A team of MIT engineers has described a novel way of controlling the flow of water in flexible tubes, a finding with implications for agricultural systems worldwide. Their research, published in the Journal of Mechanical Design, could reduce the energy demands of pulsating sprinklers used for irrigation.
"Food and its relationship to water is one of the biggest problems in the world," says Ruo-Qian Wang, a former postdoc at the MIT Tata Center for Technology and Design who is now a postdoc at the University of California at Berkeley. "There is a clear need for efficient irrigation technologies that save money and conserve resources."
Wang co-authored the paper with three researchers in MIT's Department of Mechanical Engineering: graduate student Teresa Lin, PhD candidate and Tata Fellow Pulkit Shamshery, and Assistant Professor Amos Winter.
The model they propose could be especially useful in developing countries, where many farmers cultivate small plots of land without reliable access to the electricity grid. These farmers rely on solar or diesel power to draw water for irrigation.
"If you bring down the energy requirements of the irrigation system, that means a farmer can buy a smaller solar panel, or use less diesel," Wang says. "Everything gets cheaper and more accessible."
Compensating for pressure
The researchers focused on a device called a Starling resistor, which is a flexible tube that collapses as pressure is applied. This device is noted for its similarities to human respiration, and has been used to model flow in the lungs and airways.
"But," Wang says, "it has never been applied to a pressure-compensated flow control system for agriculture."
The team created an experimental Starling resistor architecture that introduces a needle valve, which allows for independent control of two key variables: activation pressure and flow rate. The goal is a phenomenon called pressure compensation, in which a steady flow rate can be maintained no matter the pressure differential.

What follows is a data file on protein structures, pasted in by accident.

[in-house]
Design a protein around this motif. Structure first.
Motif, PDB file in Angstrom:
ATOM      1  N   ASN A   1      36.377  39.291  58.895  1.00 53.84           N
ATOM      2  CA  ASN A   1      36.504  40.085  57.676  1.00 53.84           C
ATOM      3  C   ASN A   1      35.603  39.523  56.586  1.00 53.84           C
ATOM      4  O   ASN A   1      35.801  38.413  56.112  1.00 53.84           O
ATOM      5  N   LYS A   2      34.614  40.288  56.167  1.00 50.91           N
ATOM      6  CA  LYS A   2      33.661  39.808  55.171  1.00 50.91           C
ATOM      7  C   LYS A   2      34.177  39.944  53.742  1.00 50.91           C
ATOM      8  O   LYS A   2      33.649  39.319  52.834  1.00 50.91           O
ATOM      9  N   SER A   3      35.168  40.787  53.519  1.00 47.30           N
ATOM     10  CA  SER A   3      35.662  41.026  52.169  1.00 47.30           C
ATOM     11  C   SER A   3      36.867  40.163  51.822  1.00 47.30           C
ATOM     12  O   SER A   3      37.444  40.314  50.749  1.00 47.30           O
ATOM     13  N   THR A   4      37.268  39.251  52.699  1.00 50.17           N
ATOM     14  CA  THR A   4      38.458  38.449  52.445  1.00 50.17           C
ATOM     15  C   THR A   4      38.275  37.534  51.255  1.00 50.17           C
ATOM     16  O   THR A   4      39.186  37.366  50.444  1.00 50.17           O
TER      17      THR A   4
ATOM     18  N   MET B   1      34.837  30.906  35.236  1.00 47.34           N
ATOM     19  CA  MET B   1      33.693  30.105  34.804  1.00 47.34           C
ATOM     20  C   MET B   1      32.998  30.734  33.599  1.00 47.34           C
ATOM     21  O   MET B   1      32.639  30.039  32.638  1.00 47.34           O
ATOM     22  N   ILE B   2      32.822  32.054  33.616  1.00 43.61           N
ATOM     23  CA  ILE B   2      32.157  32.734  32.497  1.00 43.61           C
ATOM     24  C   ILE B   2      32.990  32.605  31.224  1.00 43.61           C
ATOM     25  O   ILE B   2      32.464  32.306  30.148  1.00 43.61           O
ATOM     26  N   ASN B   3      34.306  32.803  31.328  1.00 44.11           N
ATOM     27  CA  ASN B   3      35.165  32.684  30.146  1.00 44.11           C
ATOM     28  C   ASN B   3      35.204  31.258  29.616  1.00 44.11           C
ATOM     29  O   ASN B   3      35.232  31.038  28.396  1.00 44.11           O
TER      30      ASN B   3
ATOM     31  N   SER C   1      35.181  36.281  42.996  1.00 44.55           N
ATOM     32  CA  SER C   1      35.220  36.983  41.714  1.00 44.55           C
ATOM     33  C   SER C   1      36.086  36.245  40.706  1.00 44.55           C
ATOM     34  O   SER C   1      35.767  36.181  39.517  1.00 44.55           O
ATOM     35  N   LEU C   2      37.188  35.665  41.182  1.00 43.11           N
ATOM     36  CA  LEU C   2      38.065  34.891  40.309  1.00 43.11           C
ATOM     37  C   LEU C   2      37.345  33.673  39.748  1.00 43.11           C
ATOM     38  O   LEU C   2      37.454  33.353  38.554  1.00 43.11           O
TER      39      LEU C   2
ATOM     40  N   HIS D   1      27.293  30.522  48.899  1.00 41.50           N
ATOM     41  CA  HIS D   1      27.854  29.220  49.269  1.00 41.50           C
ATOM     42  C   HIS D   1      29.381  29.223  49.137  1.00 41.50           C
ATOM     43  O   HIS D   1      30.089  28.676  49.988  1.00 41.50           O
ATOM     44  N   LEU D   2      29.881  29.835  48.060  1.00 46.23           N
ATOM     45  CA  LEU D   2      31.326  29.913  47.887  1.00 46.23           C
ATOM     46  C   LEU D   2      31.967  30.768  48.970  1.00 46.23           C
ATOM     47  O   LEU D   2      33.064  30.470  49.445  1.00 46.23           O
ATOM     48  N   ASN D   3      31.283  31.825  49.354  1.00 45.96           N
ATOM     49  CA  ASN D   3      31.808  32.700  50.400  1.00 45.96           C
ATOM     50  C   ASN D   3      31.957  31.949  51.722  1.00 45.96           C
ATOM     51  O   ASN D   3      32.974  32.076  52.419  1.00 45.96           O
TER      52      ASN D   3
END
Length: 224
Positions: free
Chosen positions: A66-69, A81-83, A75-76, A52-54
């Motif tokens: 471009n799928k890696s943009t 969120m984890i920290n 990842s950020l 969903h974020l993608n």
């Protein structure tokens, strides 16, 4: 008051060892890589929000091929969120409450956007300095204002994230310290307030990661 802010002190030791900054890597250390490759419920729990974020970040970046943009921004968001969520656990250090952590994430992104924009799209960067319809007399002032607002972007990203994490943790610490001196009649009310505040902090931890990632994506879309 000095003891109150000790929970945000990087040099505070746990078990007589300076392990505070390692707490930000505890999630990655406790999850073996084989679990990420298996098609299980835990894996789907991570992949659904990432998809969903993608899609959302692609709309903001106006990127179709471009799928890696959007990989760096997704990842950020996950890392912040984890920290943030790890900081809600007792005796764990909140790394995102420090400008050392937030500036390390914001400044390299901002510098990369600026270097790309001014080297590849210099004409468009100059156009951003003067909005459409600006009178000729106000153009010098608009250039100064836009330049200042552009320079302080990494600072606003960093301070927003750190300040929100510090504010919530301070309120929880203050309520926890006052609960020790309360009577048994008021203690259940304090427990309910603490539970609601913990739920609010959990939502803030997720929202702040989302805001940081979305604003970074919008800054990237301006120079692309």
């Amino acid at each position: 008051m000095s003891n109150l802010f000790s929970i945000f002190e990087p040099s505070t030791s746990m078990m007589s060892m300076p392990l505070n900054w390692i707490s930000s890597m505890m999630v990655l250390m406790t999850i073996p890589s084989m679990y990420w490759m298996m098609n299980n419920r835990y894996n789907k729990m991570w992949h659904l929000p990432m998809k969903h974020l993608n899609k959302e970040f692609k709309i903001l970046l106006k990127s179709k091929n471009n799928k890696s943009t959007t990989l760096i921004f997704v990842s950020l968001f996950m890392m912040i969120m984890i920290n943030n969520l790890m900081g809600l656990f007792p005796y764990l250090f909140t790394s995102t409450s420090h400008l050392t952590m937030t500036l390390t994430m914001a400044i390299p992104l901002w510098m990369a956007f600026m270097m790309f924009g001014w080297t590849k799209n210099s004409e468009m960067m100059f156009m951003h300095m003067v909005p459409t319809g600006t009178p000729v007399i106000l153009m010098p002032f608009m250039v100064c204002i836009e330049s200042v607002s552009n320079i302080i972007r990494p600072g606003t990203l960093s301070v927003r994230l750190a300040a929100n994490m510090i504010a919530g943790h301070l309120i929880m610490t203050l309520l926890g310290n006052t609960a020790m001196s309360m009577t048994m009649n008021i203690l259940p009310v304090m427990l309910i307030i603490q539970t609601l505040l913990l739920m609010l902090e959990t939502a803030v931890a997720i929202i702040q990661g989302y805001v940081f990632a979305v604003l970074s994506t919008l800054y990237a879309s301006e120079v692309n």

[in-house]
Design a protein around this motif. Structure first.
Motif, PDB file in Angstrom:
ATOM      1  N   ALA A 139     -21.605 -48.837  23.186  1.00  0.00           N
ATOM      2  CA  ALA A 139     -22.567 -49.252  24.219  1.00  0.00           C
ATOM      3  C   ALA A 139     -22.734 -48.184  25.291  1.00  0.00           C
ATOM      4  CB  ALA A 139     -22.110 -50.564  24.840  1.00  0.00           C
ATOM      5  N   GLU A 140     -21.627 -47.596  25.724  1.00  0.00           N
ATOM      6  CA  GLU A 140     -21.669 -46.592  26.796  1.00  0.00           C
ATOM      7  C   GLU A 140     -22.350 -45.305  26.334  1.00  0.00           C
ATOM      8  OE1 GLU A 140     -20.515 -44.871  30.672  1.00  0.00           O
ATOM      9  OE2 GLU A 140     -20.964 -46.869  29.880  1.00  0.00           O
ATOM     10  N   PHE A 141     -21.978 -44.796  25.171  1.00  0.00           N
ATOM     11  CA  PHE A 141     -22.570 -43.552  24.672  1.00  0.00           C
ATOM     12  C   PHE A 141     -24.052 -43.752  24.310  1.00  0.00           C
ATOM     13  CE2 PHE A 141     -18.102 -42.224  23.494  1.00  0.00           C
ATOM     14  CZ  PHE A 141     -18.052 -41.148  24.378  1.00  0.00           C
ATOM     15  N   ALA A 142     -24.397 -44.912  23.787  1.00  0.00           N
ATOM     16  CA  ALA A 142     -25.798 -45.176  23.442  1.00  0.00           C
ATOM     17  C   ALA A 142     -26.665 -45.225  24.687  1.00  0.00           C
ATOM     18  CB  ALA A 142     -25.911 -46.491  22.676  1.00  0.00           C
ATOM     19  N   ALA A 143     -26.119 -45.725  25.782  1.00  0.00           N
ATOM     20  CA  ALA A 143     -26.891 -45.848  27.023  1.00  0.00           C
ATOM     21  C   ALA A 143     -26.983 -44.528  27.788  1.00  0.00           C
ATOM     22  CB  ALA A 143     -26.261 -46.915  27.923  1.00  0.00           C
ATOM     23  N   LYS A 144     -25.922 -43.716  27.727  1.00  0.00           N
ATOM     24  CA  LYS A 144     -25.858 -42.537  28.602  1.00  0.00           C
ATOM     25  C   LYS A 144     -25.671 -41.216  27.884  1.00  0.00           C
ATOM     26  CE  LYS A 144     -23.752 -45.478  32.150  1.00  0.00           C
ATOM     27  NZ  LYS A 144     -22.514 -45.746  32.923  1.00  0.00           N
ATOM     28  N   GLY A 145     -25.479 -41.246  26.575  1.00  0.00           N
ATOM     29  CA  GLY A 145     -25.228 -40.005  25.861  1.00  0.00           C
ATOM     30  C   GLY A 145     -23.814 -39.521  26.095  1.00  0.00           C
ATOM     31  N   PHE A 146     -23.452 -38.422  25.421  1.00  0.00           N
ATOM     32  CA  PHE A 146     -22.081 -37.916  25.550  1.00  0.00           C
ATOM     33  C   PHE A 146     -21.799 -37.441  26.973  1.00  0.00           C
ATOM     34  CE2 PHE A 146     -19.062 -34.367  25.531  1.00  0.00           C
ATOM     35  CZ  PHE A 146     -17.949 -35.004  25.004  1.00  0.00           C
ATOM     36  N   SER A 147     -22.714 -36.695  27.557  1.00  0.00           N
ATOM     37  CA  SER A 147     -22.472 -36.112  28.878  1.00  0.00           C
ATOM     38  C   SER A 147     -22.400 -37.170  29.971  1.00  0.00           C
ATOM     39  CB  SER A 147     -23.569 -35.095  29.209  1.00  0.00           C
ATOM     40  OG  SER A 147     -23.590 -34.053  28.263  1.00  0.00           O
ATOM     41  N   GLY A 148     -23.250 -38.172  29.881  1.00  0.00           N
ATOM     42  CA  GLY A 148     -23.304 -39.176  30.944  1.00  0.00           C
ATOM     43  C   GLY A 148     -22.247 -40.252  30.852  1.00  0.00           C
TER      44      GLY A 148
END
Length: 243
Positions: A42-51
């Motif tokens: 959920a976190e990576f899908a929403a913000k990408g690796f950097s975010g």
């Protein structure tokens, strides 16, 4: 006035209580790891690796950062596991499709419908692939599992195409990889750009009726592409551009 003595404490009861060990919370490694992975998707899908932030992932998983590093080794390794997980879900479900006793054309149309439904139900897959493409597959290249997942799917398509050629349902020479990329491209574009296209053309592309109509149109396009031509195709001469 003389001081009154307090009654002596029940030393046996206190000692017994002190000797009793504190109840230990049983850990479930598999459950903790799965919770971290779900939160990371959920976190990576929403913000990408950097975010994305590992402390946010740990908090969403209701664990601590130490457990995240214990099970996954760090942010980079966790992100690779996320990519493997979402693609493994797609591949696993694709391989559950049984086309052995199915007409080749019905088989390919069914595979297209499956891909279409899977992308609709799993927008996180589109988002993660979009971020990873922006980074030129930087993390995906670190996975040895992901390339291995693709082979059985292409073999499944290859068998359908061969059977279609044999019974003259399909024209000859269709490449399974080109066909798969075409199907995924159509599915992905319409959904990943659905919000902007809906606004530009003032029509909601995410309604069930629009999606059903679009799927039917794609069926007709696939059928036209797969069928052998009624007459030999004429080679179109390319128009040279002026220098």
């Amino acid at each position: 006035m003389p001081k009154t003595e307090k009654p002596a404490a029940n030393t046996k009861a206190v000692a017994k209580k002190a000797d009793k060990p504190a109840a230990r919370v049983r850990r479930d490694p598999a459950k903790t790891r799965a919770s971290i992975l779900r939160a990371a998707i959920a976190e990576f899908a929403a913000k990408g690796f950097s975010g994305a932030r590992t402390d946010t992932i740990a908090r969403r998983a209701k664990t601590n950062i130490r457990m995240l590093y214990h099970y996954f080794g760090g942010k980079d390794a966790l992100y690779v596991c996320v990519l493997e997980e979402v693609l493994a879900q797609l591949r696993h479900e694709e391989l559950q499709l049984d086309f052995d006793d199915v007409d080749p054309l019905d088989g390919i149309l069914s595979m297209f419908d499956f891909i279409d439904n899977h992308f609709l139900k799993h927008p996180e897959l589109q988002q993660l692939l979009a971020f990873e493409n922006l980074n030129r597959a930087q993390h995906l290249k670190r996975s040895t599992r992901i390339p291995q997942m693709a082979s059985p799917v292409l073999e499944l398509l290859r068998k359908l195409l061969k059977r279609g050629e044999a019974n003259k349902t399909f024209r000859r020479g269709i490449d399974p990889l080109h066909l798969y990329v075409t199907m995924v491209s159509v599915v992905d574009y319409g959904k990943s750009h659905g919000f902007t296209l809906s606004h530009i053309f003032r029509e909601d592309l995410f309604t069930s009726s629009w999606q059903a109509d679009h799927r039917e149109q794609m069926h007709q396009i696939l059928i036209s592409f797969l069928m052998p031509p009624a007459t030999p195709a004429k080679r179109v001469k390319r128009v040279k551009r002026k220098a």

"Activation pressure is key to energy consumption," Wang says. "A traditional resistor has to achieve a high level of activation pressure, about 1 bar, to activate the pressure compensation mechanism. That takes a lot of pumping power."
The team's experiment showed that using a rubber tube to replace the diaphragm of the existing Starling resistor design can reduce the needed activation pressure by 90 percent.
"As a result, Wang says, "farmers can use smaller pumps and smaller solar panels to provide the activation pressure."
They placed the needle valve at a critical juncture in the system, where, together with the rubber tube, it acted as part of a series of resistors to water flow. Using different tube lengths and thicknesses, they discovered that adjusting the needle valve changed the flow rate, but did not change the minimum pressure needed to "activate" the system. Their paper describes the first mathematical model that quantitatively predicts this decoupling of the two variables.
This means their device could make it easier to optimize irrigation systems for a variety of settings.
"We can design the activation pressure using a given tube material and geometry, and by adjusting the needle valve, water can be applied to different crops at different flow rates," Wang says.
This new Starling resistor can be optimized for a high flow rate—necessary for pulsating sprinklers—while the pressure compensation phenomenon also causes the tube to oscillate, which gives it a natural pulsating quality.
Wang explains that "a traditional sprinkler uses a spring-loaded arm to impact the flow rate. That wastes energy, and energy has a cost. This device provides pulsation by itself."
Leveraging global expertise
The project has grown out of the team's partnership with Jain Irrigation Systems, a multinational company headquartered in Jalgaon, India, that provided funding, technical knowledge, and market expertise. Researchers in Winter's GEAR Lab have collaborated with Jain on a number of projects related to water and agriculture.
"Jain is a $1 billion revenue company with small-scale farmers comprising 80-90 percent of their clients," says Wang. "They can commercialize agriculture projects in that space better than any other company."
He notes that Jain's guidance and ability to field-test prototypes helped keep the Starling resistor project on the right track.
"Being able to test this architecture with Jain helped us determine that it had potential in sprinkler systems. Now we have a great opportunity for our work to make an impact."